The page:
Ed Barrow


Ed Barrow began his studies of Chinese Shaolin in 1977 at an early age in San Francisco CA, a mecca for those looking for the best in Chinese teachers. Starting with Bing Gong, a senior student of the renowned Kuo Lien Yin, he studied many sets of Shaolin chuan; Yang Style Tai Chi Chuan, chi gung and weapons forms including broadsword, rattan staff and knives. Mr Barrow was introduced to the Grand Master Kuo Lien Ying and studied with him for a time as well. 

Mr Barrow was introduced to Master George Xu in 1982 and began as an indoor student of the sifu. During his time with Master Xu he studied Wu Mei Lan Shou Shaolin chuan, Xin I chuan, Chen style Tai Chi and various weapons and chi gung sets. Sifu Xu is truly a Kung Fu scholar and constantly enriched the teaching environment by bringing well known masters from China to the US to share their unique points of view. Mr Barrow was the recipient of many secrets of Chinese Kung Fu by association with Sifu Xu's school. 

Mr Barrow traveled to Shanghai China in 1985 and was introduced to Sifu Xu's Lan Shou teacher, Ching Shong Bao. Mr Barrow was then fortunate enough to spend three months training with Sifu Ching honing the skills learned from Sifu Xu. 

Mr Barrow continued his studies with Sifu Xu until relocating to Portland Oregon in the middle 1990s. Mr Barrow has continued his relationships with many of the contacts made over the years in this rich environment. 

Mr Barrow began studying Cheng Style Bagua Zhang with Joey Haber in 2009 and has enjoyed extending his knowledge into this additional art of the masters. 


Shaolin Kung Fu: The translation of the Chinese character Kung Fu is “ Hard Work “. It is something accomplished through arduous study, dedication and the application of discipline. This character has been attached to Chinese martial arts and is a catch all phrase for many different Chinese systems. Perhaps the most well known is Shaolin Chuan.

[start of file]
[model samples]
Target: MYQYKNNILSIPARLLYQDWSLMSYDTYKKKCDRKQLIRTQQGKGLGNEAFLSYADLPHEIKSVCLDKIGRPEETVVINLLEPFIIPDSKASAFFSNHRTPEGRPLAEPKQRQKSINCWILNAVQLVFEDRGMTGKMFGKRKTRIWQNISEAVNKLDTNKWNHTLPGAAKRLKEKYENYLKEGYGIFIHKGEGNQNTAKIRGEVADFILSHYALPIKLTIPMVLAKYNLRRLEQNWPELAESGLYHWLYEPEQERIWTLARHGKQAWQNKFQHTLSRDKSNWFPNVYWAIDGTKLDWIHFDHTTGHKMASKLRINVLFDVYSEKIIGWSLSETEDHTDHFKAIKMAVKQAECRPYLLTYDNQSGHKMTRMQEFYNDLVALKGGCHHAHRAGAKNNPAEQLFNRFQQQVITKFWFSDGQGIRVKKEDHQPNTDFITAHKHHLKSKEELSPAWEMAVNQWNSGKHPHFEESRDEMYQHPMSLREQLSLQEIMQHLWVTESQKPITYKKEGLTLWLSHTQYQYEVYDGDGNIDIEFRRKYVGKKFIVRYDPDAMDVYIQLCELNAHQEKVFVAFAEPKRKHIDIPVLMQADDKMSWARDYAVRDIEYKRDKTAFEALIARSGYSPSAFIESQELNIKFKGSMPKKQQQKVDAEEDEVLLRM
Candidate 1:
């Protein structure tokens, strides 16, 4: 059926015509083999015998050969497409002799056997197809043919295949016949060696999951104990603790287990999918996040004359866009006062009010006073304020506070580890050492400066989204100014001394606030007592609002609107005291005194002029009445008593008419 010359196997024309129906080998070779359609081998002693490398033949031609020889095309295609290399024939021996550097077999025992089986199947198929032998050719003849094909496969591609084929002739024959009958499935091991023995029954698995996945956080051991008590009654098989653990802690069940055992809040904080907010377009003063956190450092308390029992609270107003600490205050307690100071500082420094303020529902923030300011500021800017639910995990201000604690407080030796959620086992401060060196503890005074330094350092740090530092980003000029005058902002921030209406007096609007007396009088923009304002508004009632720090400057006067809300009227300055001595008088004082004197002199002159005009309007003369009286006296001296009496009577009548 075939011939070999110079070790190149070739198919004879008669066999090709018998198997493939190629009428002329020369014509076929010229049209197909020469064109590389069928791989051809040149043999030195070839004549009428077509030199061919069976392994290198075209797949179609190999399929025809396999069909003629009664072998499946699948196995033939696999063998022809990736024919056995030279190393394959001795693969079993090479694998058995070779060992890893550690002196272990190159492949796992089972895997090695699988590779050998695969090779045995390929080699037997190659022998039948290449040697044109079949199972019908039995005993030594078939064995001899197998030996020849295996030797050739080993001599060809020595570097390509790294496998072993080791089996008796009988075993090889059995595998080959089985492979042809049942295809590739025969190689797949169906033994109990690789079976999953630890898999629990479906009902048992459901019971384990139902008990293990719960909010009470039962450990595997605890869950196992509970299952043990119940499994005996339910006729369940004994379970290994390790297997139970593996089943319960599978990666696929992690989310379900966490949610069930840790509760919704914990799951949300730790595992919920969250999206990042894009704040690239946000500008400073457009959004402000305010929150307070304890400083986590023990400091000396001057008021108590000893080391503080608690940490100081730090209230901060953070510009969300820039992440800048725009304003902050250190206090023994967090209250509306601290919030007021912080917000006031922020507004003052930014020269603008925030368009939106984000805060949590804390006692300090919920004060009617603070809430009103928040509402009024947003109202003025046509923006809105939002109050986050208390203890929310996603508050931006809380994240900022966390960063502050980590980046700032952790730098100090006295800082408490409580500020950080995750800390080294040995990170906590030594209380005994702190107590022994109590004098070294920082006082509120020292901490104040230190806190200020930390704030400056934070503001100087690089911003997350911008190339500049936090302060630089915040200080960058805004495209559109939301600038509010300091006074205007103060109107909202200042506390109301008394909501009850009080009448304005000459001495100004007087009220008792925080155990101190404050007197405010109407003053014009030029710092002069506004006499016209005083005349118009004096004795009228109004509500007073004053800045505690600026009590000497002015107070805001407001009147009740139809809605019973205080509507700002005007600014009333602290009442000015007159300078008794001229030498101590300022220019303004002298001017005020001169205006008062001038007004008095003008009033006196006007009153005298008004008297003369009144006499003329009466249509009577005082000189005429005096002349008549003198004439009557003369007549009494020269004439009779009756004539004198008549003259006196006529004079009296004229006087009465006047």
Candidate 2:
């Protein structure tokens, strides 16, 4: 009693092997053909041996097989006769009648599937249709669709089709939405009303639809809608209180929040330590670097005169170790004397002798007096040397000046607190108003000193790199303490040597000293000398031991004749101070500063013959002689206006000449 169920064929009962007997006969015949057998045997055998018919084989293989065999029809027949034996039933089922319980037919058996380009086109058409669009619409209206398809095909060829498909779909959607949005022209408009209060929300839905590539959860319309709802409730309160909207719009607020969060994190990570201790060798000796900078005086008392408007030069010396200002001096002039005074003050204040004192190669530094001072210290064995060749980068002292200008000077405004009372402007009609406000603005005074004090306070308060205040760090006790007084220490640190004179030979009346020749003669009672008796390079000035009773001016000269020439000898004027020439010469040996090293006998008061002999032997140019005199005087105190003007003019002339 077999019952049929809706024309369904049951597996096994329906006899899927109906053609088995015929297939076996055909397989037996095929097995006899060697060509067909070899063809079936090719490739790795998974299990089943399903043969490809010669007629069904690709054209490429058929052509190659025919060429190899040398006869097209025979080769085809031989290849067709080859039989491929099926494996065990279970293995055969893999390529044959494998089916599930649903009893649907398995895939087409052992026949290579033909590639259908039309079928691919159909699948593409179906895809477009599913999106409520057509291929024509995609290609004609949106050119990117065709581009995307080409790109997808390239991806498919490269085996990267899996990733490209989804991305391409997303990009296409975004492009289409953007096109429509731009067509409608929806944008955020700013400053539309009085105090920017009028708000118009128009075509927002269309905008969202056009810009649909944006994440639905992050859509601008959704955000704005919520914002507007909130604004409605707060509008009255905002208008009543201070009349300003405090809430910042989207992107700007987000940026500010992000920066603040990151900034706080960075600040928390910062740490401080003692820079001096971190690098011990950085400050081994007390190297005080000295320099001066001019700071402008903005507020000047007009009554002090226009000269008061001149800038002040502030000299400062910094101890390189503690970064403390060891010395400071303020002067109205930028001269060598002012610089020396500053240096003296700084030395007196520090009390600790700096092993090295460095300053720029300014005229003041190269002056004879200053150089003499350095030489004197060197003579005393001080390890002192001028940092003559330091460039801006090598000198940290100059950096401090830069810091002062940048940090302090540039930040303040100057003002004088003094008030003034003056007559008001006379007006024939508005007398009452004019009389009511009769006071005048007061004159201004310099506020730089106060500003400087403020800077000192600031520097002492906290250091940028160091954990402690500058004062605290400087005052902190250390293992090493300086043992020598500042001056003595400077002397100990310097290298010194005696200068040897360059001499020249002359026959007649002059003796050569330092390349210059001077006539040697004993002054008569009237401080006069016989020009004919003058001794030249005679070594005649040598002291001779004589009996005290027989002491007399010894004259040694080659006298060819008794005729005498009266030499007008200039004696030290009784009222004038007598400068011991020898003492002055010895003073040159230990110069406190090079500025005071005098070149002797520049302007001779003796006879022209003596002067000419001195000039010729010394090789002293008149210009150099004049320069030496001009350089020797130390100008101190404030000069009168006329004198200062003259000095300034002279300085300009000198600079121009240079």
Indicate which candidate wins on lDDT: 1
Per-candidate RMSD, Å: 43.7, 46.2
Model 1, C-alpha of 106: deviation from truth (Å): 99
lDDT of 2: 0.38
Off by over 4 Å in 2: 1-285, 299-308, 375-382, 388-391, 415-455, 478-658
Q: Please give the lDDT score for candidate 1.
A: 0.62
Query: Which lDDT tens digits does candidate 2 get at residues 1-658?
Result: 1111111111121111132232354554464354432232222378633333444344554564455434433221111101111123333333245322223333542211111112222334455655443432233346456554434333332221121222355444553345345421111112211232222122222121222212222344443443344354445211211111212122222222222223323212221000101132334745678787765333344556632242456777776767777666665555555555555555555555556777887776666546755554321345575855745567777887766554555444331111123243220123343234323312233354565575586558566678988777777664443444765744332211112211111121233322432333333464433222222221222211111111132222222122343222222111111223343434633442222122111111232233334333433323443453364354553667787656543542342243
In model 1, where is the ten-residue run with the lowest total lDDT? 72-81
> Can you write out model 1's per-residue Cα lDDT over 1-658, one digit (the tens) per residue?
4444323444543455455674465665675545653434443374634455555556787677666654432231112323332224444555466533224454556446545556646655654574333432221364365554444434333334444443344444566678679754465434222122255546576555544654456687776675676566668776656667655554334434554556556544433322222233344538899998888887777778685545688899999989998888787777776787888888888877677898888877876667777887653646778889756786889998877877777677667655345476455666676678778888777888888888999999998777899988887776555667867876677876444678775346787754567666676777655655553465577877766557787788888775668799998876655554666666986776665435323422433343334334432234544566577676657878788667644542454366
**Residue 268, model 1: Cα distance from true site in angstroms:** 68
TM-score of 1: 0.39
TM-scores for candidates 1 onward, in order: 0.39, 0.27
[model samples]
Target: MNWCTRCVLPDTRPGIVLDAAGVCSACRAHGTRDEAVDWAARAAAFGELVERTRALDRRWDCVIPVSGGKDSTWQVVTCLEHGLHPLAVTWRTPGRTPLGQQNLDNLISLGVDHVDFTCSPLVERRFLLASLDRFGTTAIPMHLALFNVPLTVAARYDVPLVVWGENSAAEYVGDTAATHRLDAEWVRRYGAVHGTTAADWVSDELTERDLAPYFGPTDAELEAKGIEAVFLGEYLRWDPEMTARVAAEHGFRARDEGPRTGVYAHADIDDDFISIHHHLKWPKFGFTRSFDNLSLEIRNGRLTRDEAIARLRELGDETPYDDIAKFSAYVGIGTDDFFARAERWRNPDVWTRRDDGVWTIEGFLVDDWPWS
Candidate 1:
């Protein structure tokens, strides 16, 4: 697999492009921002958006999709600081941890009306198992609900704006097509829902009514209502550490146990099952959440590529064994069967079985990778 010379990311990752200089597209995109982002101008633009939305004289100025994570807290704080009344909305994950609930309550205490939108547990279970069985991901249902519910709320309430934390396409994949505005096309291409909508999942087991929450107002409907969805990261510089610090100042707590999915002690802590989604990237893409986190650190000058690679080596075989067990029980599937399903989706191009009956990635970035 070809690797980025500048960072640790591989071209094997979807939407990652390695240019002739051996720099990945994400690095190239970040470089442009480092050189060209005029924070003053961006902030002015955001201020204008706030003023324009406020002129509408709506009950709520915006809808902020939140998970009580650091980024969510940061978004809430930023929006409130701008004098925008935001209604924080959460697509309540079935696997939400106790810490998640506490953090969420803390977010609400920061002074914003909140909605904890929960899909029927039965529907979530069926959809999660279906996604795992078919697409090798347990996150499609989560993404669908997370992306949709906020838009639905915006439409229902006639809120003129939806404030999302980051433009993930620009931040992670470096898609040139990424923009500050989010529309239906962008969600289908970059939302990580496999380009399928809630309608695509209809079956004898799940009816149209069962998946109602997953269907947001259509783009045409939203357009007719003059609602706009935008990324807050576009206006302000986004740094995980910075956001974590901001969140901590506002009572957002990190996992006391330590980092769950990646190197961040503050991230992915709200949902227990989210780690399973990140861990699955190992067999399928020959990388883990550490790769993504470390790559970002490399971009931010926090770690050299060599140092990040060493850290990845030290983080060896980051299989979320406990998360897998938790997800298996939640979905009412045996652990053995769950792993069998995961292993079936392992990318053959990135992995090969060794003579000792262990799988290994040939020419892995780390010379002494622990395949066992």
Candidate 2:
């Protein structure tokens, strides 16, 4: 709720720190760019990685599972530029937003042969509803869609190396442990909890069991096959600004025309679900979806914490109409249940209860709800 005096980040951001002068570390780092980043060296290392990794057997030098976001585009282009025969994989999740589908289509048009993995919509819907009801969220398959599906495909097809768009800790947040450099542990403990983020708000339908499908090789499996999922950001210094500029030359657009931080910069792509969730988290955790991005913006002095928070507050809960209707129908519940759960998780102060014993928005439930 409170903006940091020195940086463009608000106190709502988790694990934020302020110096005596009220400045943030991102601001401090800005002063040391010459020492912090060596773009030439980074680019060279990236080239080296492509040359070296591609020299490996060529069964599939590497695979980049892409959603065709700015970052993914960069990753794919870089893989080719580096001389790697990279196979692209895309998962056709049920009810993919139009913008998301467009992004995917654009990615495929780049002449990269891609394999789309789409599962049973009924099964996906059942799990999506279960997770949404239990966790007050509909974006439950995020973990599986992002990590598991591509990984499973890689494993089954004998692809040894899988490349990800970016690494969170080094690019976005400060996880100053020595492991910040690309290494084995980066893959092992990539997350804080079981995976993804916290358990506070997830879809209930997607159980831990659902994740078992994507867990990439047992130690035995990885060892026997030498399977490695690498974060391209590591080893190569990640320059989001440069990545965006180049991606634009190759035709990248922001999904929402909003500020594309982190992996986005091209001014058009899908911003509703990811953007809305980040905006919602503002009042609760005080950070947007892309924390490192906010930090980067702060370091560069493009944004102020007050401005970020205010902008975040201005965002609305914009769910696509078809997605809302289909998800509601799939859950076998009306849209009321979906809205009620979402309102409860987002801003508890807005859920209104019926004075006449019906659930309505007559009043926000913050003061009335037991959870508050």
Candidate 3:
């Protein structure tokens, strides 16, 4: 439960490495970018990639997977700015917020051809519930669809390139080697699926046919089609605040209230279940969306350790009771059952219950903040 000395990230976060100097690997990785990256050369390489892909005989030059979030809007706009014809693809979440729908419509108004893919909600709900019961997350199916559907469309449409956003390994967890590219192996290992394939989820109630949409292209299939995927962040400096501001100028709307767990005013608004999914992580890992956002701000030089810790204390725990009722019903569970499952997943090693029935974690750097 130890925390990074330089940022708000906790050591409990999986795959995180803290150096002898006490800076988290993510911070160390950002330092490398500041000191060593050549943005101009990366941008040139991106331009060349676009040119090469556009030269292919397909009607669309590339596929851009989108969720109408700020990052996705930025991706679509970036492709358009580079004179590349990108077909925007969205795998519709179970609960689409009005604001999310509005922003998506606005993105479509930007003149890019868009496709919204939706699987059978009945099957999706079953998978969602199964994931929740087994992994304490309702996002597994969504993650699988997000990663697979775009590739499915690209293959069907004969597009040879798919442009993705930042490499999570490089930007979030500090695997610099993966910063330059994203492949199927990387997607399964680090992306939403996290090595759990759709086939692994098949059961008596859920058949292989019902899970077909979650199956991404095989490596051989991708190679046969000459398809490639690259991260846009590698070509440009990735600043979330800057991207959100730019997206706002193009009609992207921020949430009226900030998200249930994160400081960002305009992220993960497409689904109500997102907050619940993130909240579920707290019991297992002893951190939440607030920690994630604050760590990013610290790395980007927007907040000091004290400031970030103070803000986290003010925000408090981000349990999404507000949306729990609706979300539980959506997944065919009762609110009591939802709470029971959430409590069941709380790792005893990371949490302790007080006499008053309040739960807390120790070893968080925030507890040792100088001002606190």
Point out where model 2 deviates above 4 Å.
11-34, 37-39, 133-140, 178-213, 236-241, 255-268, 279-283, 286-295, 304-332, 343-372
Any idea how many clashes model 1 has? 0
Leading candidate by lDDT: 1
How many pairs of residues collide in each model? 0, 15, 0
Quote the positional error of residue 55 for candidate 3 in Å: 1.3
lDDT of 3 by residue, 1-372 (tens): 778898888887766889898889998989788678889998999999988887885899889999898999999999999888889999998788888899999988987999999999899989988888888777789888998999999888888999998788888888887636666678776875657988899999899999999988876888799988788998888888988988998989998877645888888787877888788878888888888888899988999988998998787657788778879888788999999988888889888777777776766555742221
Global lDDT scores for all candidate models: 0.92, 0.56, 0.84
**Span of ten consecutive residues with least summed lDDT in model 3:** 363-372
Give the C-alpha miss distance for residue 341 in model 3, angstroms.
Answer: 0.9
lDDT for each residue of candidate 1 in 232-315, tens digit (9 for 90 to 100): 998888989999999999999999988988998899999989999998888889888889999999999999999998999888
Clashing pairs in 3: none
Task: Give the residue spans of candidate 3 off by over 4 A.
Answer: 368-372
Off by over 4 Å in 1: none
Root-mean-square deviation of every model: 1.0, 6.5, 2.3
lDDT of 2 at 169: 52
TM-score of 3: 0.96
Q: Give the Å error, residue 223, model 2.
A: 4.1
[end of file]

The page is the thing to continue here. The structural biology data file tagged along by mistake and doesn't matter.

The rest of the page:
Shaolin Kung Fu was originally developed as exercise to ward off the torpor and poor physical health of Buddhist monks at the Shaolin Temple in central China. During the Ching dynasty(1644-1911) the overthrown faithful of the Ming dynasty became rebels seeking to regain control of China. These rebels often sought refuge with the monks. The Shaolin exercises cross bred with the fighting skills of the disinherited elite fighters, eventually producing the well rounded art of physical prowess and self defense. Shaolin gained notoriety in this country when it was showcased in the popular TV series “Kung Fu” starring David Carradine. 

Shaolin is characterized by long, stretched out postures. Punching and kicking are commonplace and the sets are performed with a lively tempo often encompassing leaps and low stances. 

Chinese Society was certainly the most influential in Asia prior to modern times. The spread of martial arts throughout Asia can be traced to China and Shaolin. 

Ed at Golden Gate Bridge '85.jpg
Ed doing Er Long Shaolin '81 2.jpg
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SF Kung Fu Assoc Recognition dinner 1984.jpg